AH player characters....

    Leave a comment:


  • Haquim
    replied
    Cifer I meant "disparate", sorry for the typo

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  • Cifer
    replied
    Originally posted by Haquim View Post
    It does not work that way. The SI is not described as having the knowledge setting "bounties" on a vamp or another requires. The SI is a bunch of desparate agencies sometimes coming together to deal with some clear goal ("clean London of blank bodies", "destroy vampire central in Vienna" and so on).
    Do you mean desperate or disparate? Because I really don't see the former, at least not currently.

    Originally posted by Haquim View Post
    Yes, the Society of Leopold knows more than its other "partners" in the SI, but even them don't know everything and much of what they know is colored by their fanatical beliefs (which, hironically, are also their most powerful weapon against vampires)
    That and their ruthless efficiency.

    Leave a comment:


  • Haquim
    replied
    It does not work that way. The SI is not described as having the knowledge setting "bounties" on a vamp or another requires. The SI is a bunch of desparate agencies sometimes coming together to deal with some clear goal ("clean London of blank bodies", "destroy vampire central in Vienna" and so on).
    They don't know exactly what a vampire can do, and certainly they don't understand the subtleties and nuances existing in vampire society. They may know a vampire to be much more dangerous than another but it's dubious they can know who's a neonate, who's an ancilla and who's an elder (and they would not use those terms anyway).
    Yes, the Society of Leopold knows more than its other "partners" in the SI, but even them don't know everything and much of what they know is colored by their fanatical beliefs (which, hironically, are also their most powerful weapon against vampires) and that surely causes problems of "translation" when explained to a bunch of extremely secular FBI agents, or to a bunch of brazilian thugs.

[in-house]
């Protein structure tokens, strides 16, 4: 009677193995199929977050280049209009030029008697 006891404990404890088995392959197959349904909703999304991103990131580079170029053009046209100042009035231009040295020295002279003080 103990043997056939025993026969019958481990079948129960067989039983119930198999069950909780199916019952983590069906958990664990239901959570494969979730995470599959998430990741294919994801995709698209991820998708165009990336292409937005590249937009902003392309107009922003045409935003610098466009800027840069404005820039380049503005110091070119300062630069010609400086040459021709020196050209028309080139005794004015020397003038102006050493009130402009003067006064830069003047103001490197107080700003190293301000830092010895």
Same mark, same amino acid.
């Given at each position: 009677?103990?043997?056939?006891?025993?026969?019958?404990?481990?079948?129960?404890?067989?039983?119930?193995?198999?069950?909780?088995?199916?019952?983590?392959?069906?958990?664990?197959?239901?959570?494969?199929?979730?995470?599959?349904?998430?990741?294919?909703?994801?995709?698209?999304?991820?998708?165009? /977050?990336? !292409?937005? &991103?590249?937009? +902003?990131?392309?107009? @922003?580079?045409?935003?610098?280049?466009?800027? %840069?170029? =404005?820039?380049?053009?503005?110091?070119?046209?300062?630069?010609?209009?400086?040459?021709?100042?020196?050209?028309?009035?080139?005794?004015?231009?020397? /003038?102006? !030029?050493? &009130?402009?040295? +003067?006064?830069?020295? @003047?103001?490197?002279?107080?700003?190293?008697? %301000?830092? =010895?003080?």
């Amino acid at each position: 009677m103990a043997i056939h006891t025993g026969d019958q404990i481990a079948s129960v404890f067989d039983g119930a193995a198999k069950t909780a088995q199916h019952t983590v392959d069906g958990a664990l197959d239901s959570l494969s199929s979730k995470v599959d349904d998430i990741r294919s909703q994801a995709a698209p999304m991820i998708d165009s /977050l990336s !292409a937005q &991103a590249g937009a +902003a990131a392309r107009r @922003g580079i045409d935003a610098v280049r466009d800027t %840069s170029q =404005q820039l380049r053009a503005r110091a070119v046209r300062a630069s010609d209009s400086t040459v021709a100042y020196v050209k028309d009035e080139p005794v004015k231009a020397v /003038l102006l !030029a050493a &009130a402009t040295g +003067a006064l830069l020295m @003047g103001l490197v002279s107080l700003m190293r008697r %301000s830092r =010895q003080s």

Besides that the SI is composed by fringe elements in their respective organizations (even the Society of Leopold is the definition of "fringe element" in the Catholic Church). They don't have access to infinite founding, they can't command the resources of their whole organizations. They may get some money, even a lot, but they certainly can't justify it being spent on "bounties" possibly paid to "civillians" that should be kept in the dark about what lurks into the shadows.

    In short: I don't think the SI has the kind of framework required to do put bounties on vampires. Those they know of they try to hunt down themselves and often this is not a well armed army of vampire hunters supported by drones and state of the art weaponry but rather a bunch of agents who command some resources but need to constantly justify their expenses and to do that they need results (and a bunch of zealots and fanatics, of course)

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  • Nosimplehiway
    replied
    Originally posted by Cifer View Post
    That one's actually less of a problem right now - parts of the SI have taken to liberating the assets of killed vampires, as much as they could get away with. Taking over a corporation isn't easy, but grabbing some petty cash, swiss bank accounts and priceless antiques to turn over to the black market can finance the next few operations. After all, vampires usually have both a need of untraceable funds and a notorious lack of a legitimate testament.
    How long this can keep the SI financed is another question.
    My guess, is "not long".

    Especially since "untraceable funds" is pretty much an oxymoron in the amounts they would need to operate. Funding one vampire's addiction to Hermes bags and crystal chandeliers is one thing, but funding a major intelligence op is quite another. This is a problem for the SI when it is public authorities investigating, but how long could it possibly take for the Camarilla to figure out where the now-destroyed prince's art collection, and safe full of Kruggerands wound up?

    At some point, the funds taken from destroyed vampires has to be converted into usable funds, in the form of an actual paycheck to the SI agent so they can pay their rent, their dental bill, and their kid's daycare. They can try getting paid under the table, but that draws attention from human officials. Then there are vendors to be paid. Most suppliers of everything from surveillance equipment and gun silencers, to office equipment and medical supplies simply won't take a suitcase full of cash as payment.